Genre: Card Game | Developer: Stainless Games | Publisher: Wizard of the Coast
Platform: Xbox 360/PlayStation 3/PC/iPad | Players: 1 – 4 | Rating: T (Teen)
Magic: The Gathering has been around for over a decade and it’s not hard to believe that a video game featuring online support would be released. Having been out nearly every year, out comes this year’s version of Duels of the Planeswalker. The game captures the spirit of magic successfully while adding an abundance of features that keep your attention but should you buy into the mystical world that the game has to offer or should you cast it aside?
From the get-go you have only a limited amount of resources available to you. If you haven’t played the previous decks then you only can choose from two decks to play with. The game’s main single player mode is the campaign which offers a set of opponents to fight against across six different zones. In each zone are Planeswalker you must defeat or Encounters that you must overcome. Planeswalker are just a normal match against the computer AI with a specific deck. By defeating them you unlock their deck and the next major Planeswalker standing in your way. It’s a fairly simple premise but the challenge of going up against certain decks is extremely satisfying, especially knowing that you’re at a disadvantage.
Taking your life sucker!
Encounters are similar to normal games except the fact that the AI will use the same cards and moves each and every time. While you may think it’s easy to defeat opponents when you know their moves, the way their cards synergize with each other may make it difficult, sometimes outright cheap. Defeating both Planeswalker and Encounters will unlock a single card out of 30 cards that are locked for your deck, which gives an incentive to stick with one deck as it grows stronger.
In addition to the campaign, once you’ve finished it you can unlock the Revenge Campaign where you must duel the Planeswalker again but they are extremely harder this time around. Pulling out better cards and tuned with smarter AI, you might think that they are absurdly cheap. If you want to increase the your playtime with the game, it’s definitely worth it. Challenges are specific situations that you must overcome much like Encounters, however, they are series of events that are tailored to improve skill and good for a quick fun game.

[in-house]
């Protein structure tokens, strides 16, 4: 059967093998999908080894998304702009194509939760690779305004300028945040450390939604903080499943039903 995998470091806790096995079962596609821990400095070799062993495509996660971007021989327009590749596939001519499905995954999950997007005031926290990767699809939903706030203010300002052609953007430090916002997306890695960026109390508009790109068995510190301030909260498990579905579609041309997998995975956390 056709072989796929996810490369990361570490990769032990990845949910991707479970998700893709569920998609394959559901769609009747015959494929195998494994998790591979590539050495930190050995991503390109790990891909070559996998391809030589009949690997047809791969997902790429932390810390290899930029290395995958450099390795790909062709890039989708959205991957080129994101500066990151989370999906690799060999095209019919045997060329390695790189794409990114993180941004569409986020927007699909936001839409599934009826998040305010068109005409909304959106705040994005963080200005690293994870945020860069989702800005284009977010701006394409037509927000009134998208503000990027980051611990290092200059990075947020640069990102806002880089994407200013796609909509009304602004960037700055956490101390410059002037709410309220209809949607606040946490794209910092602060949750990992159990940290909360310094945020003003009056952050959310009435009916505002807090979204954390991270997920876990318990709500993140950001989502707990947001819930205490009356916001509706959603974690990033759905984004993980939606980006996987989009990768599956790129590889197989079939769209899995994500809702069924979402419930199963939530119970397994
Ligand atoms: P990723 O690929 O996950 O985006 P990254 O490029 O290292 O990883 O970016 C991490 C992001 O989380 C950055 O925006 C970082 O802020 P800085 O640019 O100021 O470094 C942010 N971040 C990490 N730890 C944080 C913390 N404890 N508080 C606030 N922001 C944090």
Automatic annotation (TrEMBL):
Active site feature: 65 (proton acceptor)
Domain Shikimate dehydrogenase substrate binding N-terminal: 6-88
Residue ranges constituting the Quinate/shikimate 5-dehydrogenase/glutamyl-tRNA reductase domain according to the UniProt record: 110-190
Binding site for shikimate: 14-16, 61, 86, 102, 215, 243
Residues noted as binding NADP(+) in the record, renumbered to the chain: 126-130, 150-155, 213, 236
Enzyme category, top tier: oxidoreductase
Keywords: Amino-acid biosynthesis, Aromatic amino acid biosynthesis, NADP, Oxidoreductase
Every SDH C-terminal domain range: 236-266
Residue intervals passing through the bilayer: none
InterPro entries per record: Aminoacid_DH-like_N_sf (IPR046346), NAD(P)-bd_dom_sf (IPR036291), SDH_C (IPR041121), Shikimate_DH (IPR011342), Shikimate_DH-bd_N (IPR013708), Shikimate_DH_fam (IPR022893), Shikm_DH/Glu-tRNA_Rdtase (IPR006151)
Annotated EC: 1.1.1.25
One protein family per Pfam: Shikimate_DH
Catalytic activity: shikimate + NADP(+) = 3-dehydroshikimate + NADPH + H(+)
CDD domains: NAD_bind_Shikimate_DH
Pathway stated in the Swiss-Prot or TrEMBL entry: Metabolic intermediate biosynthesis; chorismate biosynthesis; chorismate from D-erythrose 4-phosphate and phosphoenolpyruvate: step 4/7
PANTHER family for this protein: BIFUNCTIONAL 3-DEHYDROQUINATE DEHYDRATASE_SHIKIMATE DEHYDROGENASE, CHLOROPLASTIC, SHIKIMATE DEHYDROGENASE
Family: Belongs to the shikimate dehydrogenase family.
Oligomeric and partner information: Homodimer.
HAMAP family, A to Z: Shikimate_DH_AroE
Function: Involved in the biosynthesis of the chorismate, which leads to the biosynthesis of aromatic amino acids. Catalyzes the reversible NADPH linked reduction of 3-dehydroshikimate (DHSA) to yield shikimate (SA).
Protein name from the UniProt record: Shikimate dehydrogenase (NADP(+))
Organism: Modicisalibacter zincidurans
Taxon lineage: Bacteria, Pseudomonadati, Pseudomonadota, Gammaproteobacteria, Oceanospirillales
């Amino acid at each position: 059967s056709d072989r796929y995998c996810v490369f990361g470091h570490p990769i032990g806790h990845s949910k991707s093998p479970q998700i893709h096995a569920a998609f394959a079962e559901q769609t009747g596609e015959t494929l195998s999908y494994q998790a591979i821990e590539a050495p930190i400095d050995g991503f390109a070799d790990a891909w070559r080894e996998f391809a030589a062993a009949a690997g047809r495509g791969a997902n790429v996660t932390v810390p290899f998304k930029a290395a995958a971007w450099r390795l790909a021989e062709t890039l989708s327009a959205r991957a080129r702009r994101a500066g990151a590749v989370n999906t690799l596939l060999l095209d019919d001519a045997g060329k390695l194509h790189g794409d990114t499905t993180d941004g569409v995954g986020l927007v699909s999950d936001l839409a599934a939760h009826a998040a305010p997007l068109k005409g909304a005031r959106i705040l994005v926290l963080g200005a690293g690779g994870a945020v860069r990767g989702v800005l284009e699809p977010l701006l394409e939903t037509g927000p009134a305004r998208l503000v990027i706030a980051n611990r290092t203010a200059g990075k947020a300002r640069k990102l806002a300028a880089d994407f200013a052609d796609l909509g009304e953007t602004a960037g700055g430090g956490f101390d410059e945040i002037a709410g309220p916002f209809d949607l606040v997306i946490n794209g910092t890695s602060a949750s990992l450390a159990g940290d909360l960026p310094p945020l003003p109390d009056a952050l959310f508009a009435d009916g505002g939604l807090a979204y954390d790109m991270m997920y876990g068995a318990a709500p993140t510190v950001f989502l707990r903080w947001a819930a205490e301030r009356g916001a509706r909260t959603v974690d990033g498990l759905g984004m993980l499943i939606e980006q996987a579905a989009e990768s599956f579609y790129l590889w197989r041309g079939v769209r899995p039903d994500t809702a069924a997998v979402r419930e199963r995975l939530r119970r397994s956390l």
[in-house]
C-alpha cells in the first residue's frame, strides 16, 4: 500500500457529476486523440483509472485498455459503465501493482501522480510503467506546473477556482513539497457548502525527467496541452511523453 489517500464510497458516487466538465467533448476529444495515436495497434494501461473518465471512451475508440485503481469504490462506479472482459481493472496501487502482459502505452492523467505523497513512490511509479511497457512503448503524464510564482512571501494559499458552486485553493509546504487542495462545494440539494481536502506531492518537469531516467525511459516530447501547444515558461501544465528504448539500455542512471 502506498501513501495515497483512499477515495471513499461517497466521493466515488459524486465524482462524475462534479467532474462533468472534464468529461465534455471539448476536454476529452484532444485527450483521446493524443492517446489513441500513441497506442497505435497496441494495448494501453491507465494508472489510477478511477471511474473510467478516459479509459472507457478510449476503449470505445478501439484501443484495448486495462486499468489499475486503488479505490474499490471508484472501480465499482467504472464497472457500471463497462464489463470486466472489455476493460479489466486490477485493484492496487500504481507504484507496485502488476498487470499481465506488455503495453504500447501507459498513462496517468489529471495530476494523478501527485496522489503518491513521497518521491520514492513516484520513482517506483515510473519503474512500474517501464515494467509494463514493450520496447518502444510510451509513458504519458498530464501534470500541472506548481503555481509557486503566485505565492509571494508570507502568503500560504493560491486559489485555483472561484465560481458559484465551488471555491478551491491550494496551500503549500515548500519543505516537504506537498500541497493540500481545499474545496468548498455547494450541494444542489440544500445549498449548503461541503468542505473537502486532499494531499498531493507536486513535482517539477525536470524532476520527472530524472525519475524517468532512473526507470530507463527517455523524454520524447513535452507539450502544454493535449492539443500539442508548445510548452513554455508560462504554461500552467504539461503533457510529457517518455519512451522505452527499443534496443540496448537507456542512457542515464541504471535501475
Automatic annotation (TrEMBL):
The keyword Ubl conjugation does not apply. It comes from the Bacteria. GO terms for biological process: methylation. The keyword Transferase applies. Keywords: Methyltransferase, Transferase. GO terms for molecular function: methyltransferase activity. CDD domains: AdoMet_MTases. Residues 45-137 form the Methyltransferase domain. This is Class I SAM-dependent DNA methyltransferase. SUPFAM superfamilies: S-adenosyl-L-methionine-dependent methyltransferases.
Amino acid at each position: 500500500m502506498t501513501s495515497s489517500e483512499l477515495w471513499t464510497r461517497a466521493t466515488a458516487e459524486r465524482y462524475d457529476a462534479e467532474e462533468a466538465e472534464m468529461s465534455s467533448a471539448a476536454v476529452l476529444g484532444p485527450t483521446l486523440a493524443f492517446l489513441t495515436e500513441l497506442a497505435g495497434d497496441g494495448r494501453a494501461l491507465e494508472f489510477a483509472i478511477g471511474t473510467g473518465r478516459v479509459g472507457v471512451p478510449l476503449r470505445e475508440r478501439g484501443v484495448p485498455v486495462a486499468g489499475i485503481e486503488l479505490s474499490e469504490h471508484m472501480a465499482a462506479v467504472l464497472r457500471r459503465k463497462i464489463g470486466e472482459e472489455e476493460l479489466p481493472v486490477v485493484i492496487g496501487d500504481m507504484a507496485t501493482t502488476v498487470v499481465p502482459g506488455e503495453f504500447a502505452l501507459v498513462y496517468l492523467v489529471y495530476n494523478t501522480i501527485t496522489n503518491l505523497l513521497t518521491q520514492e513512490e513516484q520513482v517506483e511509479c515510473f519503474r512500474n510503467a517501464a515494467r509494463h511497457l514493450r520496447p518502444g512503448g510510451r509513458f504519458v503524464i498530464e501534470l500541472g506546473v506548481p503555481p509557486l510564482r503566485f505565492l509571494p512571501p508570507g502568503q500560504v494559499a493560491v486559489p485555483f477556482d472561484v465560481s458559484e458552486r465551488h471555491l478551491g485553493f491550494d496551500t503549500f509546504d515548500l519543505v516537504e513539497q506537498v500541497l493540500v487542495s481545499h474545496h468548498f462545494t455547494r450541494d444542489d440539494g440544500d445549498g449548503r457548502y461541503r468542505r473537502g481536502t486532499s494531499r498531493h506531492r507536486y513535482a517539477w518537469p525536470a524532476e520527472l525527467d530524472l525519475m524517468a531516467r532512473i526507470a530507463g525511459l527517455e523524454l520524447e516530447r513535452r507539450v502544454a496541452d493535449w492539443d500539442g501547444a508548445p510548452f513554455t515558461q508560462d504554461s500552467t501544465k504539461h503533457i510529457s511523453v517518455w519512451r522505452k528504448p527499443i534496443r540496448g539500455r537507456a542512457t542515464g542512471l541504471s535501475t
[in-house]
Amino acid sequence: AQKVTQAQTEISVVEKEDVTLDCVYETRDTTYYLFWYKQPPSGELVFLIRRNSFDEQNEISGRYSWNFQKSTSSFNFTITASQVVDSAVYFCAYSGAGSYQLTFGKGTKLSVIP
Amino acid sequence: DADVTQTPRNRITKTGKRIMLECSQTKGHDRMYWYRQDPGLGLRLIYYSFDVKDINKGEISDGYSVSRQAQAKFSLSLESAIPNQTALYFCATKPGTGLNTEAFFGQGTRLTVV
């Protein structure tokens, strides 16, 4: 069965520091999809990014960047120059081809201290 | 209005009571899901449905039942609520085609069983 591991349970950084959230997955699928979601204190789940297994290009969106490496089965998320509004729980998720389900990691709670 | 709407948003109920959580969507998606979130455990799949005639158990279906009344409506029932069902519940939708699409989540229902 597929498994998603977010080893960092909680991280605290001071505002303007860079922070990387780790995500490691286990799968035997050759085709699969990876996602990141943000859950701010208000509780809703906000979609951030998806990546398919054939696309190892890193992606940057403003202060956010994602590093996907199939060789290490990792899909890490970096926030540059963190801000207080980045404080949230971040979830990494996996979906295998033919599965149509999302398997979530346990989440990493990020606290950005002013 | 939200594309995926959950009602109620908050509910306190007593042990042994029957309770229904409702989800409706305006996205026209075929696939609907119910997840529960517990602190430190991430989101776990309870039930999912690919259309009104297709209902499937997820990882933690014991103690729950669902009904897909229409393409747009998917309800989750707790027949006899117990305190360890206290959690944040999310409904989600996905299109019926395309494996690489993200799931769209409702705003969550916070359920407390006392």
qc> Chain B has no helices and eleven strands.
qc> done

The last major mode for single player is Planechase. In this mode, you are pit against three AI opponents in a free-for-all royale. It essentially plays like a normal game with a catch. There is a plane card in play that grants special abilities or conditions on the field. Each player has the ability to roll a dice and depending on what you role the effects might occur or not. It’s an odd game and can go on for sometimes an hour or more but if you’re willing to try something new for an old and familiar game then it’s worth the try.
If you’re done with single player modes then there is an online multiplayer component where you can play the game with other players. You can choose to duel against a single person or have a free-for-all up to four people total. In addition, other single player modes like Planechase and Two-Headed Giant which is a two versus two mode. It’s all clockwork and plays excellently with no problems. If any gripe is that it’s plagued by the same problem as the single player mode where you can’t create your own custom deck. Instead you have to play with the unlocked cards of preset decks.
So one sided…
Magic: The Gathering – Duels of the Planeswalker 2013 is a great game without punishing your wallet forcing you to buy decks and booster packs. It’s a great buy for $10 as well and if there’s a thriving online community, which it currently does on all platforms, then it will last you a great while. Even if you’re not a fan of Magic, the intriguing card game will instantly captivate you with a low barrier to entry and high skill cap for mastery. If you were on the fence about this, no matter what the reason, it’s worth it.
- 9 / 10
Disclaimer: A digital download code for this game was provided by the publisher for review purposes.